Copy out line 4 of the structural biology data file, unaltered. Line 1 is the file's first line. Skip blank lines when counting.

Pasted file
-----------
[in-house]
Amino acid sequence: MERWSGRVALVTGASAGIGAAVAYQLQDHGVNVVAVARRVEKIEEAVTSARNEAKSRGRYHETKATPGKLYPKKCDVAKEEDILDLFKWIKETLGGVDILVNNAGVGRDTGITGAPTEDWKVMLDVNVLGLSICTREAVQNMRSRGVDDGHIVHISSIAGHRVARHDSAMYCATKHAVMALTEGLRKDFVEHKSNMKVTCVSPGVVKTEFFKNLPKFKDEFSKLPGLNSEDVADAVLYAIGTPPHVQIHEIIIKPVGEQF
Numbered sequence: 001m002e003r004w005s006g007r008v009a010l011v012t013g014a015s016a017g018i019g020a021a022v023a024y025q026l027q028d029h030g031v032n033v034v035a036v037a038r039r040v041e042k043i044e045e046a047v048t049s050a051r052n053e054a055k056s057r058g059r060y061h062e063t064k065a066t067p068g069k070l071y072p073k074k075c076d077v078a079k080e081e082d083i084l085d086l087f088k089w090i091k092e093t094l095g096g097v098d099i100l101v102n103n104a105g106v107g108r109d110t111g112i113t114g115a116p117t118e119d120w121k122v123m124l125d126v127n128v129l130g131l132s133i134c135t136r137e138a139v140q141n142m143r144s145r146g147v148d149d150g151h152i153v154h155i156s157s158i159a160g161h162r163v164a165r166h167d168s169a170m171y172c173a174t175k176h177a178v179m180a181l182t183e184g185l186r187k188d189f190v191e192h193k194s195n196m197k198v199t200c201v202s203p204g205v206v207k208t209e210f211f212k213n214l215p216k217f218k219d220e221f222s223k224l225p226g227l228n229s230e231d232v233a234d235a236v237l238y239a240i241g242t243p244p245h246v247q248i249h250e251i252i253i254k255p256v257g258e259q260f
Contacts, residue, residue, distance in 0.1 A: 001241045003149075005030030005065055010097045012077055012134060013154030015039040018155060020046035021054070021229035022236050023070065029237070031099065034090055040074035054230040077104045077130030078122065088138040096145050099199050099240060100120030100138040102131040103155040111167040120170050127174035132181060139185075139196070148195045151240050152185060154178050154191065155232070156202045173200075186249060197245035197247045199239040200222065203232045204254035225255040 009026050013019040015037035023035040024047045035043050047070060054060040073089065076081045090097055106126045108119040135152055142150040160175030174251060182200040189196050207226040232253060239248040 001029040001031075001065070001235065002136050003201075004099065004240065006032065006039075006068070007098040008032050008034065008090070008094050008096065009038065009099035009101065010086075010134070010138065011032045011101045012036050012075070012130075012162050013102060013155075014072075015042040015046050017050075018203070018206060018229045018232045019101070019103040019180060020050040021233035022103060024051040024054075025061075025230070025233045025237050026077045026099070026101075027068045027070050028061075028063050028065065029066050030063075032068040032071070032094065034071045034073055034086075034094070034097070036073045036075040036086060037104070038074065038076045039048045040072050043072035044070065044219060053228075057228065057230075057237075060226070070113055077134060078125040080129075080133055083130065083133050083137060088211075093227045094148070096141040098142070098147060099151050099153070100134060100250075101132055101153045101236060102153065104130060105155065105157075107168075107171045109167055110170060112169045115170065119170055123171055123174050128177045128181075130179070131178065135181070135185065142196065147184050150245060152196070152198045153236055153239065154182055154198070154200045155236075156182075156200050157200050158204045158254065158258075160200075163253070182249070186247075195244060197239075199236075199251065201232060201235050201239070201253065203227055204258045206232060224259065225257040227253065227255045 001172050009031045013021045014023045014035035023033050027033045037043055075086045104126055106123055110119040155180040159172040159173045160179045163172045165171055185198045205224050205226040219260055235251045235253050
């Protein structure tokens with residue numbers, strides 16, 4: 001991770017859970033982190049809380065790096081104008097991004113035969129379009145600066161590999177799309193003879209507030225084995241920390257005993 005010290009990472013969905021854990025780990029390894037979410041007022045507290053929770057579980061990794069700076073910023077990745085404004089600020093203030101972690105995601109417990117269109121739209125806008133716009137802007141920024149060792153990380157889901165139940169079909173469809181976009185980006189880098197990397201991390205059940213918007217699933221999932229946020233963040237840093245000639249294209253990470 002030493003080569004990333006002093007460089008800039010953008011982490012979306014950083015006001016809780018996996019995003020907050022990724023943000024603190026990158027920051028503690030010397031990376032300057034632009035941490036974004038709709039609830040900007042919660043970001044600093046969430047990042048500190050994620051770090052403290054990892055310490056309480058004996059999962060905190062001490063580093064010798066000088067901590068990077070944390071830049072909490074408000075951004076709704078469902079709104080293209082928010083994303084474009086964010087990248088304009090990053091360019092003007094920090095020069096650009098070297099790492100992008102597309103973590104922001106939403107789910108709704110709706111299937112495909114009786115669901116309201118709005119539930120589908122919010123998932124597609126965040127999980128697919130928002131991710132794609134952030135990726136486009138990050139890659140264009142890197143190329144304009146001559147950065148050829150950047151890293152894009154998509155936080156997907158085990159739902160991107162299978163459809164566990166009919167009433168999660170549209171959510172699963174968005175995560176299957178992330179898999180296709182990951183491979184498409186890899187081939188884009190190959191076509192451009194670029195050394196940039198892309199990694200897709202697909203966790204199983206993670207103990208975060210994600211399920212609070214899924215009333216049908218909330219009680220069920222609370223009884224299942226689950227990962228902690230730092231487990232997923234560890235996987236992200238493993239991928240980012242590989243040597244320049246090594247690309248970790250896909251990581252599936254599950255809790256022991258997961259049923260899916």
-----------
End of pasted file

Contacts, residue, residue, distance in 0.1 A: 001241045003149075005030030005065055010097045012077055012134060013154030015039040018155060020046035021054070021229035022236050023070065029237070031099065034090055040074035054230040077104045077130030078122065088138040096145050099199050099240060100120030100138040102131040103155040111167040120170050127174035132181060139185075139196070148195045151240050152185060154178050154191065155232070156202045173200075186249060197245035197247045199239040200222065203232045204254035225255040 009026050013019040015037035023035040024047045035043050047070060054060040073089065076081045090097055106126045108119040135152055142150040160175030174251060182200040189196050207226040232253060239248040 001029040001031075001065070001235065002136050003201075004099065004240065006032065006039075006068070007098040008032050008034065008090070008094050008096065009038065009099035009101065010086075010134070010138065011032045011101045012036050012075070012130075012162050013102060013155075014072075015042040015046050017050075018203070018206060018229045018232045019101070019103040019180060020050040021233035022103060024051040024054075025061075025230070025233045025237050026077045026099070026101075027068045027070050028061075028063050028065065029066050030063075032068040032071070032094065034071045034073055034086075034094070034097070036073045036075040036086060037104070038074065038076045039048045040072050043072035044070065044219060053228075057228065057230075057237075060226070070113055077134060078125040080129075080133055083130065083133050083137060088211075093227045094148070096141040098142070098147060099151050099153070100134060100250075101132055101153045101236060102153065104130060105155065105157075107168075107171045109167055110170060112169045115170065119170055123171055123174050128177045128181075130179070131178065135181070135185065142196065147184050150245060152196070152198045153236055153239065154182055154198070154200045155236075156182075156200050157200050158204045158254065158258075160200075163253070182249070186247075195244060197239075199236075199251065201232060201235050201239070201253065203227055204258045206232060224259065225257040227253065227255045 001172050009031045013021045014023045014035035023033050027033045037043055075086045104126055106123055110119040155180040159172040159173045160179045163172045165171055185198045205224050205226040219260055235251045235253050